• Single molecule imaging on TIRF

Live-cell imaging

  • Temperature, humidity and CO2 regulation on widefield fluorescence, TIRF, spinning disk and confocal microscopes
  • High-speed resonant scanner for rapid less damaging confocal acquisition
  • High-sensitivity EM-CCD camera (95% quantum efficiency) on widefield, spinning disk and TIRF systems
  • Time lapse, including multiposition time lapse
  • Long-term time lapse (eg multiple days) available on the VivaView incubator microscope

FRAP, FLIP, Photoactivation/conversion

  • Measure protein dynamics in living cells
  • Point scanning confocals convenient for defined regions with slower processes
  • Point activation/bleaching on the deltaVison widefield system for ultra fast/sensitive experiments
  • FCS is available on the 780 confocal


  • Sensitized emission and acceptor photobleaching
  • Possible on confocal and widefield systems
  • Ratiometric CFP/YFP FRET reporter imaging
  • Lifetime measurements on TCSPC FLIM system

High-throughput microscopy

  • Plate format acquisition capability on an inverted microscope with motorized stage

Image processing, analysis and quantification

  • Measurement of object intensity, size, number, etc.
  • Object tracking in 2D and 3D
  • 3D measurements and rendering
  • Deconvolution - Huygens and DeltaVision Softworx

Scheduling and Training

The facility is open to all investigators' laboratories at Duke. Users request assistance and access using an online web form. Once trained, users can make reservations and access the imaging systems 24 hours a day, 365 days per year.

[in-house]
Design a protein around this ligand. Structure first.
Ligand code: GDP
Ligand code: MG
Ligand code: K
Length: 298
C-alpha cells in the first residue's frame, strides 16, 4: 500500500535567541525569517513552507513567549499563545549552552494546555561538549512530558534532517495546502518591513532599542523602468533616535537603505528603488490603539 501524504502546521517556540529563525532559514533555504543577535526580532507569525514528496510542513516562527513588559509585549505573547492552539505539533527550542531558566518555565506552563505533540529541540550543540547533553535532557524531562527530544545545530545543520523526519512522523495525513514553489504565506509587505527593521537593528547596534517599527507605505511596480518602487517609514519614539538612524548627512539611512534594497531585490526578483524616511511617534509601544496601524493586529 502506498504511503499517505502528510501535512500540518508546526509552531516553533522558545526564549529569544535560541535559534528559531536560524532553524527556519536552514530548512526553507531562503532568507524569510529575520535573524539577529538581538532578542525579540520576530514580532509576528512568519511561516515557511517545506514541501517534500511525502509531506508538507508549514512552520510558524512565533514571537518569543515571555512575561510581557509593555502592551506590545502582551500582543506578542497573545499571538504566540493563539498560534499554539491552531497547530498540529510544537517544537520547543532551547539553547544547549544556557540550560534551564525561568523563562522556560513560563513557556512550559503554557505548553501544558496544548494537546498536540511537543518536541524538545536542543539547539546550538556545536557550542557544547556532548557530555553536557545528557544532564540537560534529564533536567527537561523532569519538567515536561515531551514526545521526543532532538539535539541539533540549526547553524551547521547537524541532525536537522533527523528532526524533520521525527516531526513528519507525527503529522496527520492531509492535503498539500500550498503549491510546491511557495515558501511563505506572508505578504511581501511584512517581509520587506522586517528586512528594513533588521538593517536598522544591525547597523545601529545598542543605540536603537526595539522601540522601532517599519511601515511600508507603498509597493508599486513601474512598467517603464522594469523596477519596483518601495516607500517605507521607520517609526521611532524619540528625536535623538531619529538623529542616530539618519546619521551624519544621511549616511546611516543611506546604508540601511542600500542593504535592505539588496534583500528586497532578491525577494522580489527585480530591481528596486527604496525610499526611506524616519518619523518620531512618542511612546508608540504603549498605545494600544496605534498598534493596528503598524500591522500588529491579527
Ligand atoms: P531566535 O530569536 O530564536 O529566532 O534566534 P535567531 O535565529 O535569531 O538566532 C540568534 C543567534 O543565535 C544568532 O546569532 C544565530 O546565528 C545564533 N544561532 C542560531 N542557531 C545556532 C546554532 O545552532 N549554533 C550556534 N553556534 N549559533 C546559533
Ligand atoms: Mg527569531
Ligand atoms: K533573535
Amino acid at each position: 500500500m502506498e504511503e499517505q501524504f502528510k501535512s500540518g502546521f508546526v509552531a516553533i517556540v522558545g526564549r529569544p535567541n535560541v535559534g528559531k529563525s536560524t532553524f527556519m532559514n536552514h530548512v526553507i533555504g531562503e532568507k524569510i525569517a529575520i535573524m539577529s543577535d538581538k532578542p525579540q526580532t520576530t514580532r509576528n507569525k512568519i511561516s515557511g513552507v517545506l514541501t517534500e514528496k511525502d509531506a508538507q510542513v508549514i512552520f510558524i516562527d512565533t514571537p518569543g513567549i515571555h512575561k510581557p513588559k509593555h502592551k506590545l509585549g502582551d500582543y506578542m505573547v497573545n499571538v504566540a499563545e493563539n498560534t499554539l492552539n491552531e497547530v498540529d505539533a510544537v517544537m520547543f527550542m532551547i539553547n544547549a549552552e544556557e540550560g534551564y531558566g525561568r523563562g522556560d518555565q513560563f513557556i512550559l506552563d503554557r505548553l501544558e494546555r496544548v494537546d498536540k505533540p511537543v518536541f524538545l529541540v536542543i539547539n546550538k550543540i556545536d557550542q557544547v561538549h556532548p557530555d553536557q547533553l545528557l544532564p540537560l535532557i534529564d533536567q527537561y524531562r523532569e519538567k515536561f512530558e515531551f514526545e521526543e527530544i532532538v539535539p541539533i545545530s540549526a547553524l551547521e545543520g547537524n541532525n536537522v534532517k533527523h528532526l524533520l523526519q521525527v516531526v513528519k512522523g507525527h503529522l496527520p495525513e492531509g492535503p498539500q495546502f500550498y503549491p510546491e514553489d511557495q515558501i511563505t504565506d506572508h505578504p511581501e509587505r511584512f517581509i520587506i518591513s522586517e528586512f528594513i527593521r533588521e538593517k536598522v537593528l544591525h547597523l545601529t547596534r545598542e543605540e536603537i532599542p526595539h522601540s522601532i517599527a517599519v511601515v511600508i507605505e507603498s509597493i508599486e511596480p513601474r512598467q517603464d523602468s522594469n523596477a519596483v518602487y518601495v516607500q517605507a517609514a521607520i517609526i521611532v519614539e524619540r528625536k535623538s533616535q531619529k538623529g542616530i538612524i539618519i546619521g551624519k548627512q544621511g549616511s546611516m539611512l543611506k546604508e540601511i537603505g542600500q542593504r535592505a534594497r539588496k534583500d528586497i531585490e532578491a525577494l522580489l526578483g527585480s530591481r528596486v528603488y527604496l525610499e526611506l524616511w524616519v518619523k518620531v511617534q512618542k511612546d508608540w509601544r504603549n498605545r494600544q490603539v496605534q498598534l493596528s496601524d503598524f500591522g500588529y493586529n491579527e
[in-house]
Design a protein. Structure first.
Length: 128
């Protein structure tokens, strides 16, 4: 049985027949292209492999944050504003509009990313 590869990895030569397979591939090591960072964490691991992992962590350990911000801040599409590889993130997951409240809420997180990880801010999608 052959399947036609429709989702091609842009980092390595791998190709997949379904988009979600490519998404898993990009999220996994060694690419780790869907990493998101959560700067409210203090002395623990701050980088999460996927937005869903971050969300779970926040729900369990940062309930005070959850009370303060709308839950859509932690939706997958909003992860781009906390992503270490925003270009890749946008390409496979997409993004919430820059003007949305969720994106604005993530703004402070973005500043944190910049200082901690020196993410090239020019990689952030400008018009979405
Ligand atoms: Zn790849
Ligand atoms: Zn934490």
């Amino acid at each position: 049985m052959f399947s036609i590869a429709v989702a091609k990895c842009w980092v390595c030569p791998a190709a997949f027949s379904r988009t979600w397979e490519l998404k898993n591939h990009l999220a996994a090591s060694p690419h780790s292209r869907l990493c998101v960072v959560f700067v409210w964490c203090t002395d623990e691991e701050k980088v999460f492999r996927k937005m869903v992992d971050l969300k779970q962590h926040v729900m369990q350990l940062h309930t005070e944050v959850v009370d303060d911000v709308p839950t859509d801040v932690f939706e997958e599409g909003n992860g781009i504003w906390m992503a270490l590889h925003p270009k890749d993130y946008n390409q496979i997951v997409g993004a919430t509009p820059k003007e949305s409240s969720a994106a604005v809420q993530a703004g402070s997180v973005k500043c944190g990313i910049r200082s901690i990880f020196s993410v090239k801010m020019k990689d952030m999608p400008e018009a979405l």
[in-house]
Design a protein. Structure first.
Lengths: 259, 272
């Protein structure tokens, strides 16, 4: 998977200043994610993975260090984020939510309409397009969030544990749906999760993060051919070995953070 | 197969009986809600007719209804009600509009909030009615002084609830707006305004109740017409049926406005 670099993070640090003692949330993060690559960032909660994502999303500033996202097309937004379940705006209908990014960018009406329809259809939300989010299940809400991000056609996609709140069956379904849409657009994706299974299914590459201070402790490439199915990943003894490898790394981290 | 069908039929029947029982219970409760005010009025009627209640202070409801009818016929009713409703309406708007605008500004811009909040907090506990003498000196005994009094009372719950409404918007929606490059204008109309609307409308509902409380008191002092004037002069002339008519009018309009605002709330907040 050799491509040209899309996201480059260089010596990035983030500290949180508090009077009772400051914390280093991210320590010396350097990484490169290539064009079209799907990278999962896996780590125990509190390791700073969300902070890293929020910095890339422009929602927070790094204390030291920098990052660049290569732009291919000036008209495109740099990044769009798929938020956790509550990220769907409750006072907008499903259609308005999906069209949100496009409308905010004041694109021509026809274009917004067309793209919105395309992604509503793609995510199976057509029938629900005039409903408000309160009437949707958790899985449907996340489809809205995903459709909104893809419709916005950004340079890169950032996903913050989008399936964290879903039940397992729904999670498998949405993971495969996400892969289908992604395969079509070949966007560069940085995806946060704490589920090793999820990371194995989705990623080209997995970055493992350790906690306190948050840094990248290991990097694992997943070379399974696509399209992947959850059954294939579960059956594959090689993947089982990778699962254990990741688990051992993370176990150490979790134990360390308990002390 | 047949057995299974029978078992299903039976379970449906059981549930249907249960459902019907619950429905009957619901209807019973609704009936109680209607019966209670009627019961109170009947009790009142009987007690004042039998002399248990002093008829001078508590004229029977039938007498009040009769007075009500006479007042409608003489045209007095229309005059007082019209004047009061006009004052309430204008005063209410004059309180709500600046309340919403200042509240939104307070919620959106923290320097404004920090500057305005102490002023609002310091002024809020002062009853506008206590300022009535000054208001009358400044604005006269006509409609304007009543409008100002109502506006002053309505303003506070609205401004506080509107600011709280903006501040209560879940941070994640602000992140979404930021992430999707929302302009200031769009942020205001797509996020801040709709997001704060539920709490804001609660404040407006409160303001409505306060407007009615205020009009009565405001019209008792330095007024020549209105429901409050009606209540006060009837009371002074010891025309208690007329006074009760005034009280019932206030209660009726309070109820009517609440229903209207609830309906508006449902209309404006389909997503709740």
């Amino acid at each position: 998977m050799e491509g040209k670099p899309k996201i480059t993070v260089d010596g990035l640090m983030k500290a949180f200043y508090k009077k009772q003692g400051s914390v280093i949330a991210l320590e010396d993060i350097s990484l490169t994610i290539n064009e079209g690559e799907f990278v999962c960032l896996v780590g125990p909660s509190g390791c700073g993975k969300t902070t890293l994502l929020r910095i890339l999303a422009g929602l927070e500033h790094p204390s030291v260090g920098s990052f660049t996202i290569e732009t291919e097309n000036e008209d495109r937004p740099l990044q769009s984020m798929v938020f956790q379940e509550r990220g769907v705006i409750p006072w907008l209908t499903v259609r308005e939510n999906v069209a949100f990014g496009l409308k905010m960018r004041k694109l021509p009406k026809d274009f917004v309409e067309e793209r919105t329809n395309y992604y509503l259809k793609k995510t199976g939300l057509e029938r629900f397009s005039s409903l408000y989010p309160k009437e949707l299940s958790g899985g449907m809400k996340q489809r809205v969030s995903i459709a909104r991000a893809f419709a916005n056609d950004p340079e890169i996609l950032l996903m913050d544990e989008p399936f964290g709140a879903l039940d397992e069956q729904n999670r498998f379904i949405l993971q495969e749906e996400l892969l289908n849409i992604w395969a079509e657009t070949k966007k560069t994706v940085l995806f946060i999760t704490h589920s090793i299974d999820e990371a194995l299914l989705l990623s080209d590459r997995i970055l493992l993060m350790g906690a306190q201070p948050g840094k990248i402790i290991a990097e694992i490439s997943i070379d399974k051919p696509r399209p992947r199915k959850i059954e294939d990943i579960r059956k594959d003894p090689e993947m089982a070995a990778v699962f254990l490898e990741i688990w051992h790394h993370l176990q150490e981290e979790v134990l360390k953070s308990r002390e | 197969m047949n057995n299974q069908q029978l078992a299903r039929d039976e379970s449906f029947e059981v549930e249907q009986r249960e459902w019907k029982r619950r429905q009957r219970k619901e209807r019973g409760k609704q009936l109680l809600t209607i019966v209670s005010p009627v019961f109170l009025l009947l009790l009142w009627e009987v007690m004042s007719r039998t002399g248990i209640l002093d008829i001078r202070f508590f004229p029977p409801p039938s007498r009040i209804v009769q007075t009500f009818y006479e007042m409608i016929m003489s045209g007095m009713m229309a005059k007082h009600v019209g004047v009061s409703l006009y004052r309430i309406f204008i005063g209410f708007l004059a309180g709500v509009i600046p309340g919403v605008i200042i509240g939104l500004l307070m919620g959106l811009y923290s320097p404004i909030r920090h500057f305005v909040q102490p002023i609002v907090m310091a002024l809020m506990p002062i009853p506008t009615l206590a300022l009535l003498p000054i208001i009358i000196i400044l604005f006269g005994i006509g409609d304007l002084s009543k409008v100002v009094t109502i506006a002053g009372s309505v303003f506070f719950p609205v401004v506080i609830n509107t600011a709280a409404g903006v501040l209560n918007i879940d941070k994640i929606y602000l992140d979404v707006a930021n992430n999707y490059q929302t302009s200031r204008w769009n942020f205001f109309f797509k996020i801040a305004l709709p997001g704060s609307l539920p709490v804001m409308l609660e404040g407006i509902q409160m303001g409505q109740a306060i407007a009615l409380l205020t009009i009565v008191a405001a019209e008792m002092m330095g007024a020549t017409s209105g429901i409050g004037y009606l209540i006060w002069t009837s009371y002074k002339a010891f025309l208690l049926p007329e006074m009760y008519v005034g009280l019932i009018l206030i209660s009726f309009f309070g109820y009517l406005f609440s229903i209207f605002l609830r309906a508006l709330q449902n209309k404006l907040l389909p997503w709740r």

Booking is done on a first-come, first-served basis with some limits and restrictions to promote efficient use of the systems - e.g., 3-hour limit on daytime use of some machines so many people can use the system. Machines in general can only be booked 7 days ahead to prevent speculative booking of time. The significant number of machines in the facility provides good capacity, availability of the machines is good, and bottlenecks are generally few and temporary. In recognition of the CCSG-contribution, DCI members are prioritized for training and assistance. In periods where staff availability for advising and training new users or working with existing users on new projects is limiting, DCI members receive support before non-DCI members.

Training, advice and support are provided for all equipment including image analysis tools. All users are individually trained on the machine optimal for their specific experiment. After discussion and advice concerning strategy, sample preparation and choice of imaging modality, a member of the LMCF staff works with the user to make sure they are comfortable operating the instrument to a level allowing them to optimally acquire the needed data. This training generally consists of on overview of the operation of the machine as well as specific setup and optimization of the imaging of the sample. Continued advice and assistance is provided as needed and users are welcome to use as many systems as they need.

Microscopy classes in several forms and levels are available to provide background theory and a description of the potential of modern microscopy and image processing. Classes range from formal graduate classes (BIO725, BIO727 and CMB551) to informal classes covering the basics of microscopy. An interactive class where attendees bring a laptop computer with FIJI ImageJ installed and follow along with concepts and exercises in the optimal and fair processing and analysis of images is among the most popular. Further information about the microscopy classes is available at

Please find more information at the main facility website. If you would like to start using the facility in your research the best method to initiate contact and receive assistance is using this form: